And I think we can see that in the gospel story of St. Thomas today. Note that the Gospel says that both on that first Sunday, and then a week later on this second Sunday, the doors were locked; but “Jesus came and stood among them.” [John 20:19,26] It does not say that Jesus walked through walls!
(I have this immature and very silly image in my mind of the risen Jesus standing outside the door, wondering to himself, “Should I knock? Or should I just walk through?”)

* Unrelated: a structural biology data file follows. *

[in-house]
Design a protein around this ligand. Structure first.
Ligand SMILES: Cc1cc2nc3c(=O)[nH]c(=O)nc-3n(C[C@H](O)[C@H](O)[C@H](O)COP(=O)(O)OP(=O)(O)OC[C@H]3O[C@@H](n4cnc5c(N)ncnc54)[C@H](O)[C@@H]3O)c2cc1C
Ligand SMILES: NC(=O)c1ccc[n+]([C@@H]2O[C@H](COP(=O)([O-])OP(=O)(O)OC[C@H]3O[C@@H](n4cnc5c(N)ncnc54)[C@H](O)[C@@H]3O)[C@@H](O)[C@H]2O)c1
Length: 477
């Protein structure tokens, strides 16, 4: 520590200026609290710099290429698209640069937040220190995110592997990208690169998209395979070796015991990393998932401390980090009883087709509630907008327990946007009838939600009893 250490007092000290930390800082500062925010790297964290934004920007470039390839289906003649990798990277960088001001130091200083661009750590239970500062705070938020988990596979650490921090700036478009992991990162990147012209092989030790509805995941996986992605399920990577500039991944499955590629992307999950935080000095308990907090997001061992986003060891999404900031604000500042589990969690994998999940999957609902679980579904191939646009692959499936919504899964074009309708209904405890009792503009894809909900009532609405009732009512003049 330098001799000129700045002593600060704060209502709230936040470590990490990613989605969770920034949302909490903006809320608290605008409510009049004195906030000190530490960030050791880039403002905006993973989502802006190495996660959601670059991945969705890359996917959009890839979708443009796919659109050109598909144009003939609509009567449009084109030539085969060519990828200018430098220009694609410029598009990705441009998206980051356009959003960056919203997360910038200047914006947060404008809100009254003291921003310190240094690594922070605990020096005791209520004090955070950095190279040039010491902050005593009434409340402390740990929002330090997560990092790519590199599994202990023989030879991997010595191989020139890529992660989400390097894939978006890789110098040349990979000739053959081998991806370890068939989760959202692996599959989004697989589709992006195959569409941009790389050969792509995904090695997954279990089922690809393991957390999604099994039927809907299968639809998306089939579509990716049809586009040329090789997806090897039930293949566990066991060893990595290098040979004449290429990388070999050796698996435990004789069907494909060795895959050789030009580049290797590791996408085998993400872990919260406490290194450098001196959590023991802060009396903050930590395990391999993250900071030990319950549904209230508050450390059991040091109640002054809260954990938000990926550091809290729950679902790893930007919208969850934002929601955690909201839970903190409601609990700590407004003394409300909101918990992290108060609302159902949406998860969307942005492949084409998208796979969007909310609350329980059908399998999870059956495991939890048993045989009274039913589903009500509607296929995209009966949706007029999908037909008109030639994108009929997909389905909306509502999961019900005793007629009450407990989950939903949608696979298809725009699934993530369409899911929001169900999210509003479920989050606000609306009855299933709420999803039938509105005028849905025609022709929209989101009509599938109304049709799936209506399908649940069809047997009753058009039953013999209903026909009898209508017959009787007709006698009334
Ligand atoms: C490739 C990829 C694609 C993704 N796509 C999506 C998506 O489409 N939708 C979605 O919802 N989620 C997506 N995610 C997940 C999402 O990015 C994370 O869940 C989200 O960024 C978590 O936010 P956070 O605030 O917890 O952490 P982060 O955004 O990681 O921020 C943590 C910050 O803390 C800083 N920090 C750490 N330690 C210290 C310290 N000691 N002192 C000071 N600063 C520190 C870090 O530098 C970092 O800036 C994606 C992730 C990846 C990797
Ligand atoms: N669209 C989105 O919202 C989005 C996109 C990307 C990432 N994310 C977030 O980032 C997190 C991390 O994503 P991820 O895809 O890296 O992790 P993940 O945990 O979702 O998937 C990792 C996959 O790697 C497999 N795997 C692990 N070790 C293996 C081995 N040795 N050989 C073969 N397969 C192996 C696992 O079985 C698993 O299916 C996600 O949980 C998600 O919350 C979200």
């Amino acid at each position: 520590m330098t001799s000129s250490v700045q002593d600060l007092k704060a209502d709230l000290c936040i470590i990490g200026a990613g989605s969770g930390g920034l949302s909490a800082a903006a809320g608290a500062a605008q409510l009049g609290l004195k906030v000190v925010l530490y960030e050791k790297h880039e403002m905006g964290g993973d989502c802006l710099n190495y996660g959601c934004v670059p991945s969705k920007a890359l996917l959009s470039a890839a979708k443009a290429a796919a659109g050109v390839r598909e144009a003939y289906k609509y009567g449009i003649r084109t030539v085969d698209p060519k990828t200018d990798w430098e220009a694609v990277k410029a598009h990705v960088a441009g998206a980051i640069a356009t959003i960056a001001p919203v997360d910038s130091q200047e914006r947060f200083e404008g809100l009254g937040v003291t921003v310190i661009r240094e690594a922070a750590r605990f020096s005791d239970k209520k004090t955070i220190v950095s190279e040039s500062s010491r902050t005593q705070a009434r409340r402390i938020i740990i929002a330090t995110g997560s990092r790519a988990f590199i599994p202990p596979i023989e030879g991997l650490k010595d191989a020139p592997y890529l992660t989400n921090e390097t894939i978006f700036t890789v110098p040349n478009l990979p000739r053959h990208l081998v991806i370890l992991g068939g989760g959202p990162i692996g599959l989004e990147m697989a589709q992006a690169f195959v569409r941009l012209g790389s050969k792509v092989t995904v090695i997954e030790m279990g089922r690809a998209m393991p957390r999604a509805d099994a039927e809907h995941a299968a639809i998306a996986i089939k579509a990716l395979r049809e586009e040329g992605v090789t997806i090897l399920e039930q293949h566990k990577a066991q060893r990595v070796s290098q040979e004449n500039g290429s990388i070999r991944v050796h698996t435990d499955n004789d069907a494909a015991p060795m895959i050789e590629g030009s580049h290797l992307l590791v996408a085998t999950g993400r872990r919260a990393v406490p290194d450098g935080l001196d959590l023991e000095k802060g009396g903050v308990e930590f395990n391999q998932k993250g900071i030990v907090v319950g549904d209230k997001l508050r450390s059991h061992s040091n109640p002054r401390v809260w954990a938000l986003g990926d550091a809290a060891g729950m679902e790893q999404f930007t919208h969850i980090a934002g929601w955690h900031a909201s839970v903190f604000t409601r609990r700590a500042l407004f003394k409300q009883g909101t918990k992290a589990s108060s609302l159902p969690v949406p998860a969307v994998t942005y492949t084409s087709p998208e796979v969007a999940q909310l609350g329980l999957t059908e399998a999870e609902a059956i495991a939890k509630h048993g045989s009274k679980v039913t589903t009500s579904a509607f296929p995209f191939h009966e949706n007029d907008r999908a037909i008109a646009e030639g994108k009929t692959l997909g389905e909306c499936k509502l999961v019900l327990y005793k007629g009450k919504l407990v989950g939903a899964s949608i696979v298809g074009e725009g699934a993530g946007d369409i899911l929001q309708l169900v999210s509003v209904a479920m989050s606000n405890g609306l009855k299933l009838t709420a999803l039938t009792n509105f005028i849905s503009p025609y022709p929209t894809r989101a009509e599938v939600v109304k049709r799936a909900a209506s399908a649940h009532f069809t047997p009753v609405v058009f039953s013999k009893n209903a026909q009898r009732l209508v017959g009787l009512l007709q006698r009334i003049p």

(Another reflection, I hope not quite as immature and silly: The other disciples are telling Thomas that they’ve seen the risen Lord. Thomas says, “No! I won’t buy that! Bad enough that our hopes have been so cruelly dashed, I can’t risk the pain of some wild hoax! Not unless I can touch his wounds!” And then, in the event, does Thomas examine Jesus’ wrists and say, “Ooh! Big nails they used!” and poking Jesus in the side comment, “Ow! That’s got to have hurt!”? No! In the event Thomas does not touch Jesus’ wounds, he falls and cries, “My Lord and my God!” That, by the way, is not a statement of systematic Christological theology, although it may be relevant to that. It’s a cry of faith and trust. Thomas recognizes what has happened in that upper room: at least for that moment and in that place, in the words of the Revelation and of Mr. Handel, “The kingdom of this world is become the Kingdom of our Lord and of his Christ.” [Rev. 11:15])